A glance at poll results on gas tax, rent control, governor and U.S. Senate races on Nov. 6 ballot
A November ballot initiative that would allow cities to enact strong rent control across California is widely unpopular, even among renters, according to a new Public Policy Institute of California poll.
Roughly half of likely voters — 48 percent — oppose Proposition 10, according to the poll — the first conducted on the measure. Just 36 percent are in favor and 16 percent are undecided, the poll found.
Proposition 10 would repeal the Costa-Hawkins Rental Housing Act, passed by California lawmakers in 1995 and restore the ability of cities across the state to enact strong rent control laws.
Currently, the state says cities with some form of rent control — there are at least 15 in California — cannot strengthen their existing ordinances, and new rent control laws cannot apply to a large share of California’s housing supply, including single-family homes, condos and anything built after 1995.
Backlash to rising housing costs across the state, and concerns about rampant displacement of low-income tenants and communities of color, prompted renter advocates to advance the ballot measure.
But support for it is lagging, even among renters. A slight majority of renters — 51 percent — said they’d vote against the measure, while 43 percent said they’d vote in favor.
“Given the amount of attention to housing affordability and the stress it’s causing, you would expect it to start out with more support,” said Mark Baldassare, PPIC president and CEO. “This might be an issue that Democrats rally around, but not (one) that (is) important to people.”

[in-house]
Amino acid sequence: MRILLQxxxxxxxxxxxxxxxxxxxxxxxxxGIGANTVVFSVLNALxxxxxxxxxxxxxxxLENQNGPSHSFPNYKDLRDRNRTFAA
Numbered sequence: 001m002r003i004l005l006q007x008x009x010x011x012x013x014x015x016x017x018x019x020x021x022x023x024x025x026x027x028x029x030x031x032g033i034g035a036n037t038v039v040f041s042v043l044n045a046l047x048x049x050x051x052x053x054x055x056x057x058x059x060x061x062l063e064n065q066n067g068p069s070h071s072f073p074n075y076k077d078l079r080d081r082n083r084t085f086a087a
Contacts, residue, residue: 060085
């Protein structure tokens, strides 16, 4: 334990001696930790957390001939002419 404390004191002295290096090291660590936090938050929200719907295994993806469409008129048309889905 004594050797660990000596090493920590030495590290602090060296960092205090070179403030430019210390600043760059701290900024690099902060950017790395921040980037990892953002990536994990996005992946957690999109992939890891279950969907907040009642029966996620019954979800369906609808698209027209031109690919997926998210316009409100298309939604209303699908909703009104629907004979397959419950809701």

The California Democratic Party, and its liberal base have endorsed the measure, though the Democratic candidate for California governor, Lt. Gov. Gavin Newsom, opposes it. Newsom’s Republican opponent, John Cox, also opposes it. In the poll, support was split nearly equally among Democrats, though Republican opposition far outnumbers Republican support.
Baldassare said voters appear confused over major “complex” questions, including “who is supporting it, what their motivations are and whether it will actually help voters.”
“Whereas many Californians feel that housing is one of our top issues today, people are not making the connection between Prop. 10 and the cost of housing,” Baldassare said. “When there are so many questions, it’s easier to just vote ‘no’ and hope there’s another (way) to solve it.”
Support for the measure is greatest in Los Angeles, the poll found, with 45 percent of likely voters saying they’d vote in favor. The Central Valley ranked second highest in support among likely voters, with 39 percent.
Opposition to the measure is highest in California’s Inland Empire, where just 29 percent of likely voters support it, and 51 percent are opposed. In the San Francisco Bay Area, with a high concentration of rent-controlled cities, just a third of likely voters support the measure.
Campaign spending is expected to ratchet up in the roughly five remaining weeks before Election Day.
Tenants’ rights organizations and renter advocates have raised more than $13 million, according to Secretary of State campaign finance filings. That is far less than the $31 million raised by the state’s real estate interests, including the California Apartment Association and the California Association of Realtors.
“Proponents have a lot of work to do to make the connection between what is happening in the market and this policy change being an improvement,” Baldassare said.
Staff Writer Alexei Koseff of The Bee’s Capitol Bureau contributed to this report.